We were headed for a revisit to the daddy of them all: Su Nuraxi, just outside the village of Barumini. In the distance were the hills that gave the region its name, the Marmilla. In fact, before Su Nuraxi was excavated by the Sardinian archaeologist Giovanni Lilliu in 1949, everyone thought it was just another perky protuberance. Local adults warned it was home to an enormous child-eating fly.

Su Nuraxi

Su Nuraxi

The den of the fly turned out to be the interior of a nuraghe tower, a huge three-storey structure surrounded by a rampart and four other towers. In 3D reconstructions, it looks like a medieval castle surrounded by a dense Hobbit village of round houses.

While elsewhere, on the coast, the holiday crowds would be rolling up their beach towels and heading for happy hour and ambient sounds, we felt wonderfully alone in the island’s historic embrace: we were the only ones there for the 7pm tour, the last of the day, when the rich light played on Su Nuraxi’s colossal basalt boulders.    I had forgotten how complex it was, with narrow passages, stairs and massive corbelled vaults built within the thickness of the walls. As we emerged near the top it was like standing on the shoulders of giants.

Buenos Aires: The Place Where Your Dreams Come True

Hotels

Alvear Art Hotel – At the younger, more casual sister of the famed Alvear Palace—one of Buenos Aires’s most famous hotels—guests can expect a similar level of service in a more relaxed setting. Ask for the sprawling Art Suite on the 15th floor for spectacular views of the Rio de la Plata. If your room doesn’t have river vistas, head to the rooftop swimming pool for some of the best panoramas in town. Artesano, the hotel’s vintage-inspired cocktail bar, has a fantastic drinks list by star mixologist Renato Giovanni.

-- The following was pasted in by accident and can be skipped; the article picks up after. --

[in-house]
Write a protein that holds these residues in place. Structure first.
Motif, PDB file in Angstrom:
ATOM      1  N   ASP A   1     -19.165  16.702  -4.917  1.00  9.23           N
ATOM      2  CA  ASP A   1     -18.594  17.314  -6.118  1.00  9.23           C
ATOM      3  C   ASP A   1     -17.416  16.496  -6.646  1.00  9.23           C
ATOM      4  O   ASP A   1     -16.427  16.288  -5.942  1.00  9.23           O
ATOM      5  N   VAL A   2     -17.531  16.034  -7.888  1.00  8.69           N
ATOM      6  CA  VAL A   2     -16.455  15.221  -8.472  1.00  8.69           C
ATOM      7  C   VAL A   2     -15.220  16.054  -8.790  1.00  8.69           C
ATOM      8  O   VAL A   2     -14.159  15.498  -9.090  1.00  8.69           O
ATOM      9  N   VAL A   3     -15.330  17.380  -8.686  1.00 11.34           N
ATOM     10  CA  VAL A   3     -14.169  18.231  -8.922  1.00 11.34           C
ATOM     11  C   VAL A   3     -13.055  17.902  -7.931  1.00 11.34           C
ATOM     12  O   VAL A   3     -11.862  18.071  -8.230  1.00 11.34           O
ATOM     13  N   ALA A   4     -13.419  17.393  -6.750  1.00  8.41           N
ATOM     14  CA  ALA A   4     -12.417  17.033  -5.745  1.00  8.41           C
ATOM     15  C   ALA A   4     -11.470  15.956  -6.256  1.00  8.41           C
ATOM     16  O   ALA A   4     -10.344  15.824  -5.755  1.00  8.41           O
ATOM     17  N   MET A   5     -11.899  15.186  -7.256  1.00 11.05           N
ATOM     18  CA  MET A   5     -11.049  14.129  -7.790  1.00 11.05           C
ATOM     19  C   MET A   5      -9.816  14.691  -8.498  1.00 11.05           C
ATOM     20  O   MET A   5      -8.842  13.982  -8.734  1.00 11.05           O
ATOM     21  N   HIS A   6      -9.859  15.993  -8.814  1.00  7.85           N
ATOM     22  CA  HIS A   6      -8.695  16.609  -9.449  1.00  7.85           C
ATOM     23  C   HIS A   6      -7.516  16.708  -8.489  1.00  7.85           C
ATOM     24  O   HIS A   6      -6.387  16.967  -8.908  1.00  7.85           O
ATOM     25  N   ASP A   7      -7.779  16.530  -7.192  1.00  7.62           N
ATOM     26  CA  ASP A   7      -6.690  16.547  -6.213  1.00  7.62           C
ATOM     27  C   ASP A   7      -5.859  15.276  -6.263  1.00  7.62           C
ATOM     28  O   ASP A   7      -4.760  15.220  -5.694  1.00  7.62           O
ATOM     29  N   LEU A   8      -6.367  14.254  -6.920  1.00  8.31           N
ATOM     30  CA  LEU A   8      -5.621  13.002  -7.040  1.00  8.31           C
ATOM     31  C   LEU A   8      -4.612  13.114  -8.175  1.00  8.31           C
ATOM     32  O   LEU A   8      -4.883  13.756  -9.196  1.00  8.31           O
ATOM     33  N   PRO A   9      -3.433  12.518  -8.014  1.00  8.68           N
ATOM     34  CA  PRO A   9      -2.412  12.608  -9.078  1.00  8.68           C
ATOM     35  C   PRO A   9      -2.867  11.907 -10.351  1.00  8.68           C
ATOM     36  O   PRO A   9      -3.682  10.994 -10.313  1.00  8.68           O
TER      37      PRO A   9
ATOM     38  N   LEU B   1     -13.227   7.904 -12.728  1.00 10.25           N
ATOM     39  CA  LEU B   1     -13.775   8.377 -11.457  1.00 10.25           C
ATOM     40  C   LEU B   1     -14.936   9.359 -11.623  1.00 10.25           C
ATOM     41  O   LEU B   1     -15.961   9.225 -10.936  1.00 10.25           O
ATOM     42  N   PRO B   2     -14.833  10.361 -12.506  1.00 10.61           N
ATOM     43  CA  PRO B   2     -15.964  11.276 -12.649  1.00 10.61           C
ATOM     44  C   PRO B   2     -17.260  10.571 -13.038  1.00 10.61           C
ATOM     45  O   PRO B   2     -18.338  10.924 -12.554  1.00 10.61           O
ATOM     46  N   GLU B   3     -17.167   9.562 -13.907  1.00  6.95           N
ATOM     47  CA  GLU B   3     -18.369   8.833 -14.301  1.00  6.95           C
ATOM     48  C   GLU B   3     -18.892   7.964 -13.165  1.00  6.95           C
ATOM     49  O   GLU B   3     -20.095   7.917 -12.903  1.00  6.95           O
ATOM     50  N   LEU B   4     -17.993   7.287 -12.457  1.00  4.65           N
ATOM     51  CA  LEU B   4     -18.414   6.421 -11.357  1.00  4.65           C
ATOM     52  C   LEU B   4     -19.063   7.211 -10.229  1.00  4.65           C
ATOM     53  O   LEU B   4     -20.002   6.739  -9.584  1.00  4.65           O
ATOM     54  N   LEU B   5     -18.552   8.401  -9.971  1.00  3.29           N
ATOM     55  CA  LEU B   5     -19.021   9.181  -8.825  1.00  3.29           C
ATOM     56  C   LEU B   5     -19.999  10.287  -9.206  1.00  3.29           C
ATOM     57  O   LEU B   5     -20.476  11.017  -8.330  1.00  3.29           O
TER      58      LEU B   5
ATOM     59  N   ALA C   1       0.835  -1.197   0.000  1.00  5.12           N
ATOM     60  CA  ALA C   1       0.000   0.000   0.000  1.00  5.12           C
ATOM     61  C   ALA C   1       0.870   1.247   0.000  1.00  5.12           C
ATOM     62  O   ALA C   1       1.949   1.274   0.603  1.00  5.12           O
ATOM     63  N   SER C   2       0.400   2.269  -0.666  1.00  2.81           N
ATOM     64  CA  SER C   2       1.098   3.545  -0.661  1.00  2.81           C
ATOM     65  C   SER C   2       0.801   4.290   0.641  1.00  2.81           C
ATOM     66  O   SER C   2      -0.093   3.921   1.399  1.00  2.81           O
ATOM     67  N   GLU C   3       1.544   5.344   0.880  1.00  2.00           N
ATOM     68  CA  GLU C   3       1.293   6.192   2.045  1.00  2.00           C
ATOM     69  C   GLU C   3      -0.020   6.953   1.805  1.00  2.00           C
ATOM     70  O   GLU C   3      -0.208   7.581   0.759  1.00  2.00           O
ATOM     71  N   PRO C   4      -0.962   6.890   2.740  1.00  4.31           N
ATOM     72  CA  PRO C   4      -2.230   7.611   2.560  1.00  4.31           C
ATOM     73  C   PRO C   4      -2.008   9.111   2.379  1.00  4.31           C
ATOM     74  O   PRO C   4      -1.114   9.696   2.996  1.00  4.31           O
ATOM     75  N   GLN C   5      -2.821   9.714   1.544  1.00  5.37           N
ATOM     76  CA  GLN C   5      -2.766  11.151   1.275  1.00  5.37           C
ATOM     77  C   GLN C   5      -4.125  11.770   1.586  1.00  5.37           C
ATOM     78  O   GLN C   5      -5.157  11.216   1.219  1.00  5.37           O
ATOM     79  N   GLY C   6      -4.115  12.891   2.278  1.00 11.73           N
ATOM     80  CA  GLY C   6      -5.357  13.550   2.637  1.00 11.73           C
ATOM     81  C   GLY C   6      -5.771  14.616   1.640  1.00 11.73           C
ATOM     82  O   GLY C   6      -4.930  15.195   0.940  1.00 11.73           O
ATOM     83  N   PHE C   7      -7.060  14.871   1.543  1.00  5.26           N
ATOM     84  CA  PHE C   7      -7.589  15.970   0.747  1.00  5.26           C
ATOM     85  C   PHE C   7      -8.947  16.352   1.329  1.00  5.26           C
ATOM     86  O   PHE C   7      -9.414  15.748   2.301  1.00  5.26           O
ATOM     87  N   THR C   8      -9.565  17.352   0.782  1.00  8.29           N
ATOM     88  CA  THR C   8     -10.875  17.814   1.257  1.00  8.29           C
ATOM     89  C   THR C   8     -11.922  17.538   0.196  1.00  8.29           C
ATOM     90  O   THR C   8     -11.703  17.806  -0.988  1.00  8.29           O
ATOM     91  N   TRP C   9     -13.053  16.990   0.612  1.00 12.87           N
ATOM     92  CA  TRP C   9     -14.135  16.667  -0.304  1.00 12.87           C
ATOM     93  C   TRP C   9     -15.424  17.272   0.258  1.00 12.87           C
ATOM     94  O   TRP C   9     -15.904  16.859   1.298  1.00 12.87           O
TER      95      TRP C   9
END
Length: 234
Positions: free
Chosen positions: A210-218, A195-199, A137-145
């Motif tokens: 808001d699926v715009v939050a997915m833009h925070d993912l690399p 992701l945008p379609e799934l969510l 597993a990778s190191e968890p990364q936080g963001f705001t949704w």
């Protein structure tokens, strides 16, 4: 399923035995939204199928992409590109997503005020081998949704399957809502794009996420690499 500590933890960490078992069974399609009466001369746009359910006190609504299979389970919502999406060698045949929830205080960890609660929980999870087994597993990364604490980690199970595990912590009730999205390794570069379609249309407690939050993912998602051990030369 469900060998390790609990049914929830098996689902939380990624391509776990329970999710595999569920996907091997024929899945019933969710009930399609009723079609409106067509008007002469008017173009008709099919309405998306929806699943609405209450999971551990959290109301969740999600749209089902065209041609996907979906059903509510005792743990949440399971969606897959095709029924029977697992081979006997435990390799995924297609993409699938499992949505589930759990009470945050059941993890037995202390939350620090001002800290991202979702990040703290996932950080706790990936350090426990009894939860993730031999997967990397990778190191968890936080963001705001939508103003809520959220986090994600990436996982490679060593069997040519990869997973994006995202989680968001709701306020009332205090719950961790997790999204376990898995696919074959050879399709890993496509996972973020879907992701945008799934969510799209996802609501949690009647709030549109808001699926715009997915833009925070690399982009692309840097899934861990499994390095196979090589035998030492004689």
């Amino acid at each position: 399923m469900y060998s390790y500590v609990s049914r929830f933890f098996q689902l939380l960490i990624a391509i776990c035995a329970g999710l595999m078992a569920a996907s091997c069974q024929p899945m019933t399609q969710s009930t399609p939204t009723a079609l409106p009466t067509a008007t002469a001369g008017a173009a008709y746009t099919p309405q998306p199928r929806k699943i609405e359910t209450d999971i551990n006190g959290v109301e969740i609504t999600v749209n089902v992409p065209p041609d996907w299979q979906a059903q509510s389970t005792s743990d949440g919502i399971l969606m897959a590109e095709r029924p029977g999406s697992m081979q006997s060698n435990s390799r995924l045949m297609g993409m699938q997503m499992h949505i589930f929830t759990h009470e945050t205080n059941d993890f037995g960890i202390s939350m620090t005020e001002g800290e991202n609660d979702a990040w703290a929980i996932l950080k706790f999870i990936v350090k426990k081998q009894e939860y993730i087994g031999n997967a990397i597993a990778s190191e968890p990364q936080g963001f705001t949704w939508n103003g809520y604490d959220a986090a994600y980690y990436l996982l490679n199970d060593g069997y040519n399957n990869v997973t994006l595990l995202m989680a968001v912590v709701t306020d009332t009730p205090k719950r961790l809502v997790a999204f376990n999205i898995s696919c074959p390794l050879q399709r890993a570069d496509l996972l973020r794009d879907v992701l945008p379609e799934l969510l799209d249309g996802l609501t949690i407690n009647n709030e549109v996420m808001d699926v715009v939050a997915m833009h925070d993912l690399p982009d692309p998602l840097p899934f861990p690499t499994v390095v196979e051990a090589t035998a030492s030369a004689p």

Alvear-Art-Hotel

Alvear Art Hotel

Faena Hotel – The glamorous Faena hotel set the style benchmark for Buenos Aires when it opened in Puerto Madero in 2004. The Philippe Starck-designed rooms can verge on ostentatious, but guests are guaranteed VIP treatment whether at the hammam or by the pool. Drop by the nearby Faena Art Center to take in impressive rotating exhibits of contemporary art, or book a table for the hotel’s sexy, if pricey, Rojo Tango dinner show. The Library Lounge is a great spot to kick off an evening with cocktails and live music.

Home Hotel – When it opened in 2005, Home Hotel put the Palermo Hollywood neighbourhood on the map, and quickly became the go-to lodging option for cool kids and design aficionados. The carefully curated, Scandinavian-influenced decor includes Florence Knoll furniture and vintage Willi am Morris wallpaper. A small basement spa caters to Long-haul travellers, with jet-lag treatments such as a California massage and hot healing bath. Book the spacious Garden suite for your own splash pool.

Restaurants

Aramburu Restaurant – This bistro, the more relaxed spin-off of chef Gonzalo Aramburu’s celebrated Aram burn restaurant, sits on the cusp of the edgy Constitucion barrio. Starters such as steak tartare with mustard ice-cream are designed for sharing; the succulent lamb chops are a particular highlight. Sommelier Nazareno Gonzalez oversees the wonderful, well-priced wine list. Stick around after dinner for a drink at the new secret basement bar, Under.

Aramburu Restaurant

Aramburu Restaurant

Chori – Choripan, the humble sausage sandwich, is an Argentinean staple, but Chori is the first place to come up with a gourmet version. Not only are the chorizos in this Palermo spot made in-house but the soft buns are several notches above the standard baguette, and sauces go well beyond spicy chimichurri. The team also mixes up the protein, experimenting with fish, black sausage, and venison. Try the regional de cordero, a lamb sausage served with yogurt, red onion, cucumber, and mint.

El Baqueano – By sourcing products from small producers around Argentina, Fernando Rivarola, the chef-owner of EL Baqueano (the name translates to “the gatherer”), has created a wholly unique tasting menu. There’s a story behind every ingredient, like the Andean new potatoes grown 9,000 feet above sea level, or the sustainably sourced pacu river fish in the clever dish called “falso bife de chorizo”—or fake steak.

El-Baqueano